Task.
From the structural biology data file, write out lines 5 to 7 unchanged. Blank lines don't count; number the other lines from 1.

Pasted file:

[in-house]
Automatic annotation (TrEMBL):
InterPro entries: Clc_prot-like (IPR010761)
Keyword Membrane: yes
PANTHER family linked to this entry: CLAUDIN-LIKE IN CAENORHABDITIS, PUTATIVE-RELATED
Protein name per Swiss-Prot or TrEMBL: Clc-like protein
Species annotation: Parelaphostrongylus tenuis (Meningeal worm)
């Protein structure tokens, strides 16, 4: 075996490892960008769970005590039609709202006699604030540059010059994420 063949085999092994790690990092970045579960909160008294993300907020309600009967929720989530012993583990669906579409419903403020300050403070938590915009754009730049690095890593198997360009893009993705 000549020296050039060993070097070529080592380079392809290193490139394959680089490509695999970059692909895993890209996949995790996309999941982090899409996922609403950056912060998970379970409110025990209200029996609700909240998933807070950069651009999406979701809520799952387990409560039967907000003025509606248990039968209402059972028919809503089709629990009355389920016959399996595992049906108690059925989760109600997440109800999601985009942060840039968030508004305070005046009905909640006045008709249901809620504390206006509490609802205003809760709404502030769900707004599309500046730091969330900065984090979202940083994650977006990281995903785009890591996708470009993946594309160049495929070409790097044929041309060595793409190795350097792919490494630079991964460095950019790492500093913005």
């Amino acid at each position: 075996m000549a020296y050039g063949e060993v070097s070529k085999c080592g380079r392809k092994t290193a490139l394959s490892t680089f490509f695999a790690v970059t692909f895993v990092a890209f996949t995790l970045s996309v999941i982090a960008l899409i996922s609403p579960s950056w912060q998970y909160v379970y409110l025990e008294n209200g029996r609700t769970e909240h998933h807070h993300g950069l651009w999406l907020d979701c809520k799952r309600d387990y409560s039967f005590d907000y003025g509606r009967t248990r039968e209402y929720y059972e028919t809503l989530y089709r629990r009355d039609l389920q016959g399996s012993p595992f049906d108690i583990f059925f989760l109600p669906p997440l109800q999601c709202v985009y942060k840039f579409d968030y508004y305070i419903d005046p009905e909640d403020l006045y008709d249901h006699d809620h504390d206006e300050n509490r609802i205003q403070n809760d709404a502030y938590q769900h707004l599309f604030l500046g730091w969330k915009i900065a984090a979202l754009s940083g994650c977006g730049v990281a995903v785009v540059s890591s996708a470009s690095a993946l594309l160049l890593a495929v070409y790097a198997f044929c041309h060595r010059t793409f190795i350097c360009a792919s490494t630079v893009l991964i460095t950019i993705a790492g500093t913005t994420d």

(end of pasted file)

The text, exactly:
PANTHER family linked to this entry: CLAUDIN-LIKE IN CAENORHABDITIS, PUTATIVE-RELATED
Protein name per Swiss-Prot or TrEMBL: Clc-like protein
Species annotation: Parelaphostrongylus tenuis (Meningeal worm)